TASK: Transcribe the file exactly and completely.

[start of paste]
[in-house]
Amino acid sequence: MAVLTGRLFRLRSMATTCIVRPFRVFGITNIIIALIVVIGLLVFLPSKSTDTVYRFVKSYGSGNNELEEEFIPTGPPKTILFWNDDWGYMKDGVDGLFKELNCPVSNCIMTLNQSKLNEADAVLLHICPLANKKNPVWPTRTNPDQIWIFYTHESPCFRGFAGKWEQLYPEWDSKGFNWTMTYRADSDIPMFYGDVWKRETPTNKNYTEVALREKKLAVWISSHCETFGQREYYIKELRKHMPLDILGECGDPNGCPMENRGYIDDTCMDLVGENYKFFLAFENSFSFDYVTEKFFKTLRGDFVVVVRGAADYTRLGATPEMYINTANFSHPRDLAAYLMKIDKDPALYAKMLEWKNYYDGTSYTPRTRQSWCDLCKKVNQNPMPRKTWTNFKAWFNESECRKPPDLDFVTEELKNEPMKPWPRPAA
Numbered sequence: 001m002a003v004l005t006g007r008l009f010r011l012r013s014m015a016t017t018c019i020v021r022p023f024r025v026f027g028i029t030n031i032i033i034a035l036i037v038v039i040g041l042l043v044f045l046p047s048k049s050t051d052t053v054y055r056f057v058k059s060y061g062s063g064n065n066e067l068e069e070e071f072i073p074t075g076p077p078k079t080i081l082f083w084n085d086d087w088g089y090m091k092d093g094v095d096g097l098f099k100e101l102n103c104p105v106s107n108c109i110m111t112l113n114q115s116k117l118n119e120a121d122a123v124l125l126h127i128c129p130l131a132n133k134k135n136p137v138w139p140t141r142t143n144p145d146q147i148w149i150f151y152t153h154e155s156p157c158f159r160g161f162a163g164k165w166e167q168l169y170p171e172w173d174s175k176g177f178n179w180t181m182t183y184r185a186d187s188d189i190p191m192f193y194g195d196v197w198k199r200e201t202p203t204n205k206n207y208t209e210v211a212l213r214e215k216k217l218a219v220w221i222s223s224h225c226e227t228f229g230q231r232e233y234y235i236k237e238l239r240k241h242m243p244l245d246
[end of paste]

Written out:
[in-house]
Amino acid sequence: MAVLTGRLFRLRSMATTCIVRPFRVFGITNIIIALIVVIGLLVFLPSKSTDTVYRFVKSYGSGNNELEEEFIPTGPPKTILFWNDDWGYMKDGVDGLFKELNCPVSNCIMTLNQSKLNEADAVLLHICPLANKKNPVWPTRTNPDQIWIFYTHESPCFRGFAGKWEQLYPEWDSKGFNWTMTYRADSDIPMFYGDVWKRETPTNKNYTEVALREKKLAVWISSHCETFGQREYYIKELRKHMPLDILGECGDPNGCPMENRGYIDDTCMDLVGENYKFFLAFENSFSFDYVTEKFFKTLRGDFVVVVRGAADYTRLGATPEMYINTANFSHPRDLAAYLMKIDKDPALYAKMLEWKNYYDGTSYTPRTRQSWCDLCKKVNQNPMPRKTWTNFKAWFNESECRKPPDLDFVTEELKNEPMKPWPRPAA
Numbered sequence: 001m002a003v004l005t006g007r008l009f010r011l012r013s014m015a016t017t018c019i020v021r022p023f024r025v026f027g028i029t030n031i032i033i034a035l036i037v038v039i040g041l042l043v044f045l046p047s048k049s050t051d052t053v054y055r056f057v058k059s060y061g062s063g064n065n066e067l068e069e070e071f072i073p074t075g076p077p078k079t080i081l082f083w084n085d086d087w088g089y090m091k092d093g094v095d096g097l098f099k100e101l102n103c104p105v106s107n108c109i110m111t112l113n114q115s116k117l118n119e120a121d122a123v124l125l126h127i128c129p130l131a132n133k134k135n136p137v138w139p140t141r142t143n144p145d146q147i148w149i150f151y152t153h154e155s156p157c158f159r160g161f162a163g164k165w166e167q168l169y170p171e172w173d174s175k176g177f178n179w180t181m182t183y184r185a186d187s188d189i190p191m192f193y194g195d196v197w198k199r200e201t202p203t204n205k206n207y208t209e210v211a212l213r214e215k216k217l218a219v220w221i222s223s224h225c226e227t228f229g230q231r232e233y234y235i236k237e238l239r240k241h242m243p244l245d246